English Titles of Nobility

By Mark Nichol

Terms for members of the aristocracy are often applied by extension to other, often colloquial, usage. Here are titles of English nobility and some of their other connotations.

King, from the Old English word cyning, refers to a hereditary lifelong ruler; a king who rules over other kings might be called a high king. The word emperor, from the Latin term imperator, meaning “commander,” denoted someone who ruled over an empire, a collection of kingdoms or other states, though it was never used in England or Great Britain. Female equivalents are queen and empress; monarch is a non-gender-specific generic term not used as a title with a name (as king or emperor would be in, say, “King Arthur” or “Emperor Hirohito”).

King is also used to describe the preeminent person in a field, as in Michael Jackson’s designation as “the King of Pop.” (Jazz musicians of the early twentieth century were precursors of this tradition, adopting monikers such as Duke Ellington and Count Basie that referred to their stature as leading practitioners of their craft. It is also the name of a playing card, a chess piece, and a crowned piece in checkers; emperor has no such connotations, though both king and emperor are sometimes applied to large animals of their type, as in “king penguin” and “emperor penguin,” and “monarch butterfly” refers to an especially regal-looking specimen of flying insect.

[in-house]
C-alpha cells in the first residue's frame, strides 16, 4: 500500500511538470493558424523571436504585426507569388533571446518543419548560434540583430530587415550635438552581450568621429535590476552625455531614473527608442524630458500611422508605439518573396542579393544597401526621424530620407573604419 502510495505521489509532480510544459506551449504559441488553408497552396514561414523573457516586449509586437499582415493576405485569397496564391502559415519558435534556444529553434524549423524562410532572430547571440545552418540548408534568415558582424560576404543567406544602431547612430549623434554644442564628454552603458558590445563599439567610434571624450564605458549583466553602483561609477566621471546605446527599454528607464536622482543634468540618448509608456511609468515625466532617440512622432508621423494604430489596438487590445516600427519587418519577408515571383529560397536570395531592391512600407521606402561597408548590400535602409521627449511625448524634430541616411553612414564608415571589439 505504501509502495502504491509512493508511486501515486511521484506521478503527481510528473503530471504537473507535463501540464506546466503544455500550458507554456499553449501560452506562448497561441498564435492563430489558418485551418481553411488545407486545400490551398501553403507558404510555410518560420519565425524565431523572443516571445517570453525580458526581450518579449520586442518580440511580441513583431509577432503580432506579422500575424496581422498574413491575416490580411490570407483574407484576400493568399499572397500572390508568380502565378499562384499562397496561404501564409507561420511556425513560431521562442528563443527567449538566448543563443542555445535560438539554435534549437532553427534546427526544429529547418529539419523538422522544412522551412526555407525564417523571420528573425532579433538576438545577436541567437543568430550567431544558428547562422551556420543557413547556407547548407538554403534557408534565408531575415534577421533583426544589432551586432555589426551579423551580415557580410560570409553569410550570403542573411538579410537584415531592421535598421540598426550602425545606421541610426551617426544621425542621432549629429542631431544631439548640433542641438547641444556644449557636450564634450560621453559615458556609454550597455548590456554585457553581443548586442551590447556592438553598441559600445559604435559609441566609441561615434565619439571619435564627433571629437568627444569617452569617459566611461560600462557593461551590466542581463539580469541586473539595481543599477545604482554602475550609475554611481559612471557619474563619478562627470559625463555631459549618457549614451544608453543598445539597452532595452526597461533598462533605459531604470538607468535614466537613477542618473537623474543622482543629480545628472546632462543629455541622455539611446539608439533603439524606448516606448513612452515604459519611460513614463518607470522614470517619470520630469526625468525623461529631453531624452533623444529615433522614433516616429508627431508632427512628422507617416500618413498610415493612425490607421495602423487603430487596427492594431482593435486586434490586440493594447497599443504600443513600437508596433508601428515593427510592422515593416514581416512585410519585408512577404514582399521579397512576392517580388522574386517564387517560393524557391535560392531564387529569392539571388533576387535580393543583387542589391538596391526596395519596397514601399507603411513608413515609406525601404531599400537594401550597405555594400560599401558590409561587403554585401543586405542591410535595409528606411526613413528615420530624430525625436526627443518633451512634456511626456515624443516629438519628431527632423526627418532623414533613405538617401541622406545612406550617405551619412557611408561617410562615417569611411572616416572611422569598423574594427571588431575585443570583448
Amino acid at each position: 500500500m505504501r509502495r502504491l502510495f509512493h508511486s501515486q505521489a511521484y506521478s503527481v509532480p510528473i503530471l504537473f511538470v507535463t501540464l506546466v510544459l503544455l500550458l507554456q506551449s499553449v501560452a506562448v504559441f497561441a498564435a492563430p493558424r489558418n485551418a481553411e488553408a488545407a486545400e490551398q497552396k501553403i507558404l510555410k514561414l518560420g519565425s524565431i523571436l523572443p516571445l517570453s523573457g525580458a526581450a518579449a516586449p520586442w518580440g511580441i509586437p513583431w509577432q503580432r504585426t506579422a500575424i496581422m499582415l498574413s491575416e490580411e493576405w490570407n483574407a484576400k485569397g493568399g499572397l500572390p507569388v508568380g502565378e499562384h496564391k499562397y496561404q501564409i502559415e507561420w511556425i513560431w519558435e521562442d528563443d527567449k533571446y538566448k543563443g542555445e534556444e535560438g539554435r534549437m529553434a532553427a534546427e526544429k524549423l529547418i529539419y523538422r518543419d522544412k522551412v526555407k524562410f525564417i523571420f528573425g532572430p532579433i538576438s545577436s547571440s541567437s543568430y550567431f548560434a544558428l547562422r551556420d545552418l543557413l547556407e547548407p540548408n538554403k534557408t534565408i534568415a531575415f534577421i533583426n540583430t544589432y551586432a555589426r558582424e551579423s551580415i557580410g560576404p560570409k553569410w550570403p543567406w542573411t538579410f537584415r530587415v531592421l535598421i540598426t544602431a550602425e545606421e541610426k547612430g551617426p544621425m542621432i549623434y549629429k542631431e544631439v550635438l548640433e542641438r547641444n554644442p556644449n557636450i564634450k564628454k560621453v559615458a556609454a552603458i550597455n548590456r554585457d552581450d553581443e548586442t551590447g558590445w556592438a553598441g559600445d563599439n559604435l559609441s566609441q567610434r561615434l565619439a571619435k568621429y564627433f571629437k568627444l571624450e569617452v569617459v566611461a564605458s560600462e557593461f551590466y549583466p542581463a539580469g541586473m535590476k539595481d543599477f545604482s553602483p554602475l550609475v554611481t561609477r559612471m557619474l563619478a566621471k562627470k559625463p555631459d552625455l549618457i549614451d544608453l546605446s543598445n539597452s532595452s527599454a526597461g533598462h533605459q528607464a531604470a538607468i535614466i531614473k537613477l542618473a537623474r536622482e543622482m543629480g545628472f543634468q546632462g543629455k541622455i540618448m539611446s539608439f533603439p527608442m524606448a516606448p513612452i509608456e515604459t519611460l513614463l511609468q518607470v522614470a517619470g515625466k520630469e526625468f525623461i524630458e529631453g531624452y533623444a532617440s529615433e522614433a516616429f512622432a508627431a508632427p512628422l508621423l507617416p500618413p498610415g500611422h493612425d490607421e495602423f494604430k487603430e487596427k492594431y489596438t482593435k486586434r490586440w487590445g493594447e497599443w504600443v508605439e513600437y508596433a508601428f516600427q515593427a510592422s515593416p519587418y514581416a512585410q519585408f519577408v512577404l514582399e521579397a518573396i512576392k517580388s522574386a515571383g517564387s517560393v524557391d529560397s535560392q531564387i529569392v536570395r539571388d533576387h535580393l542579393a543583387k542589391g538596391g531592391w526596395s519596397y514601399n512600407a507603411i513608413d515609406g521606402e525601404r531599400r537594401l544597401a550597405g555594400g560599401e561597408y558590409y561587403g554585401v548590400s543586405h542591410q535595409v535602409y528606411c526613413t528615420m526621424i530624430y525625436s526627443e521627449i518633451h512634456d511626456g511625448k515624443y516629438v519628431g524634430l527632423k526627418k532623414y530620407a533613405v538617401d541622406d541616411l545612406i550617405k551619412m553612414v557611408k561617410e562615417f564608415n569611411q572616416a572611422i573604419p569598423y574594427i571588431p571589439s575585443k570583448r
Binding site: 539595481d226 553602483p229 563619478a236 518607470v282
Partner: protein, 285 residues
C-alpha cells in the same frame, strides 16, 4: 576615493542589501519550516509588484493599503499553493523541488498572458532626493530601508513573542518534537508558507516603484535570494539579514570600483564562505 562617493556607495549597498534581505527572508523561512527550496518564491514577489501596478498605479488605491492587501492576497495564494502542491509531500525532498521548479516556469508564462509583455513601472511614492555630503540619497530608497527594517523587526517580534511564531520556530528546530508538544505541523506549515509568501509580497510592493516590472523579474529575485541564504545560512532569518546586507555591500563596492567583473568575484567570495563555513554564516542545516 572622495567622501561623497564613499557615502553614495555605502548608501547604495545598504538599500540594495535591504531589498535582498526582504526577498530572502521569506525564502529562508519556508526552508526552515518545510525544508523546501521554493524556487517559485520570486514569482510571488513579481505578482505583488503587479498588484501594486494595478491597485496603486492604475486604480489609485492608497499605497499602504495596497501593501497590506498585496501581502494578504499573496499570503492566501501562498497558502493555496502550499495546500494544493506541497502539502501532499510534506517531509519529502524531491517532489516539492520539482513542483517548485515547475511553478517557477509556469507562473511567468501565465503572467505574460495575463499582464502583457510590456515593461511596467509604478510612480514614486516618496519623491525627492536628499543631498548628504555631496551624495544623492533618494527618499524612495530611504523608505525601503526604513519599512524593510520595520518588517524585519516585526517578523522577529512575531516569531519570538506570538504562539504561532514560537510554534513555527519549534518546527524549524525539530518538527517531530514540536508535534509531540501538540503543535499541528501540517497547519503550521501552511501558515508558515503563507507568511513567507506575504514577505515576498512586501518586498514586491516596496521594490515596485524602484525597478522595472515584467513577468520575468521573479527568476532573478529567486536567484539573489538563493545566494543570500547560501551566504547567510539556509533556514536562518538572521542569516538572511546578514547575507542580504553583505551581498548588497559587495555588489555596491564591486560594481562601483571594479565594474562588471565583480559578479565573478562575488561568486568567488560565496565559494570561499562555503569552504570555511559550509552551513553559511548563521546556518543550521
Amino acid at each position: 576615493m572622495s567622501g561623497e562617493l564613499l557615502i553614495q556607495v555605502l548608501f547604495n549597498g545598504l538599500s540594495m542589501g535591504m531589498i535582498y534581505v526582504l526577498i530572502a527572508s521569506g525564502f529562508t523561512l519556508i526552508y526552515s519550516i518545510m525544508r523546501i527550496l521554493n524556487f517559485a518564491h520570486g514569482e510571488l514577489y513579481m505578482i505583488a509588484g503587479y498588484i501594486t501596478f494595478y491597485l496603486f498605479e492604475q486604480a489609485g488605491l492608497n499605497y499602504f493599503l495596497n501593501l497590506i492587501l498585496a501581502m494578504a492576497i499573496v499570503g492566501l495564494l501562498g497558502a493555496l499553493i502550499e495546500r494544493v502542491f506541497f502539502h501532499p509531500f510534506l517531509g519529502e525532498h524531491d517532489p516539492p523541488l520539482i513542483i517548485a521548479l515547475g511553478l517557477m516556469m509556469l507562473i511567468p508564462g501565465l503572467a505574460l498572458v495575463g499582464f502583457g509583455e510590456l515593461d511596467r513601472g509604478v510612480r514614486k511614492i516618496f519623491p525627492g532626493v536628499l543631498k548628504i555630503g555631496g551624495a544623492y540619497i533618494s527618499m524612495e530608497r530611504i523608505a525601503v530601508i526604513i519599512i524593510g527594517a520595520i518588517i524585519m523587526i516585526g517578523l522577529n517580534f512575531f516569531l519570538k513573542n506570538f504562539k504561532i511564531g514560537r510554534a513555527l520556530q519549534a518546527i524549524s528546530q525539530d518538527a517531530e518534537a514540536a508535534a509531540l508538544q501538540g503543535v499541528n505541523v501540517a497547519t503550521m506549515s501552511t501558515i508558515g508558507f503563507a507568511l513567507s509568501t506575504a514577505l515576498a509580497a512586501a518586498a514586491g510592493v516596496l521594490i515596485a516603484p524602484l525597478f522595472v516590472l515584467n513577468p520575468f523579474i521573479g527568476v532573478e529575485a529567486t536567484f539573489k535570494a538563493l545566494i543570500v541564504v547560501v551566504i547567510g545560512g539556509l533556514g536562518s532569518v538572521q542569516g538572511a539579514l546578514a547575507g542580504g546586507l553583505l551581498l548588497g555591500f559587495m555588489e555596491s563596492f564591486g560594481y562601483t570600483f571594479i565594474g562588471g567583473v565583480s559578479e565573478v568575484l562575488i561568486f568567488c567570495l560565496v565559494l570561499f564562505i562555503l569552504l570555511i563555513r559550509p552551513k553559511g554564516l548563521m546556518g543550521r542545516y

Queen, meanwhile, has other meanings: It refers to a woman of regal bearing or of attainment of stature in an area of endeavor, such as in “beauty queen,” or to an animal, such as a type of bee, that exists for breeding. The word is also applied, often pejoratively, to an effeminate or flamboyant gay man, or, in the phrase “drama queen,” to a highly emotional person. Queen also refers to a specific playing card and a particular chess piece.

The Latin term princeps (“first citizen”) was originally applied to the unofficial leader of the Roman Senate; later, the emperor Augustus referred to his grandsons by that title, and as prince in English it came to refer to the male descendants of a king. (An heir to a kingship is a crown prince.) It is also used generically, as in the title of Niccolò Machiavelli’s classic political tract The Prince, to refer to any political leader of noble birth.

A prince might also be the ruler of a small country (called a principality), as was common in Europe during the early 1800s, or the husband of a ruling queen. The feminine form is princess, which is also sometimes used jocularly to be a spoiled woman or girl, while prince was at times used as an obsequious compliment for a man of high professional or social standing.